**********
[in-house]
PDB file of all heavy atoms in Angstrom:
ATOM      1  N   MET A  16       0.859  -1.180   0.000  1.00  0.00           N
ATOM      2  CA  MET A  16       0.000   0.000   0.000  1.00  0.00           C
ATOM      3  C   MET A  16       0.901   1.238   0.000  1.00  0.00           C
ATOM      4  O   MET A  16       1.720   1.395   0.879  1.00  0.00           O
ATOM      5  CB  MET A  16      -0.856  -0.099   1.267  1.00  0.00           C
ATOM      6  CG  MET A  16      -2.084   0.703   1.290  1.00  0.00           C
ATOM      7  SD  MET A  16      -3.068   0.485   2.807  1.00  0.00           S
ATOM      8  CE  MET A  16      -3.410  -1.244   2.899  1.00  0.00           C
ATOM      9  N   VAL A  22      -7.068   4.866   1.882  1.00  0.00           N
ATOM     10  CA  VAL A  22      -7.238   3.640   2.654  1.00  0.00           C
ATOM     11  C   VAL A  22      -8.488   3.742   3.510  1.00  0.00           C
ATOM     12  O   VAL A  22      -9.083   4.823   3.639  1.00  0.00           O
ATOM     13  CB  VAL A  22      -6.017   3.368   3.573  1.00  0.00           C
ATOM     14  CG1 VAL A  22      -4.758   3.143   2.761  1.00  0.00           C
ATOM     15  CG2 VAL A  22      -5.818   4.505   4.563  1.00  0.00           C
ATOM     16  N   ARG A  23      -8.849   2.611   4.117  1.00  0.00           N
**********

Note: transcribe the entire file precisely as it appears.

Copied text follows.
[in-house]
PDB file of all heavy atoms in Angstrom:
ATOM      1  N   MET A  16       0.859  -1.180   0.000  1.00  0.00           N
ATOM      2  CA  MET A  16       0.000   0.000   0.000  1.00  0.00           C
ATOM      3  C   MET A  16       0.901   1.238   0.000  1.00  0.00           C
ATOM      4  O   MET A  16       1.720   1.395   0.879  1.00  0.00           O
ATOM      5  CB  MET A  16      -0.856  -0.099   1.267  1.00  0.00           C
ATOM      6  CG  MET A  16      -2.084   0.703   1.290  1.00  0.00           C
ATOM      7  SD  MET A  16      -3.068   0.485   2.807  1.00  0.00           S
ATOM      8  CE  MET A  16      -3.410  -1.244   2.899  1.00  0.00           C
ATOM      9  N   VAL A  22      -7.068   4.866   1.882  1.00  0.00           N
ATOM     10  CA  VAL A  22      -7.238   3.640   2.654  1.00  0.00           C
ATOM     11  C   VAL A  22      -8.488   3.742   3.510  1.00  0.00           C
ATOM     12  O   VAL A  22      -9.083   4.823   3.639  1.00  0.00           O
ATOM     13  CB  VAL A  22      -6.017   3.368   3.573  1.00  0.00           C
ATOM     14  CG1 VAL A  22      -4.758   3.143   2.761  1.00  0.00           C
ATOM     15  CG2 VAL A  22      -5.818   4.505   4.563  1.00  0.00           C
ATOM     16  N   ARG A  23      -8.849   2.611   4.117  1.00  0.00           N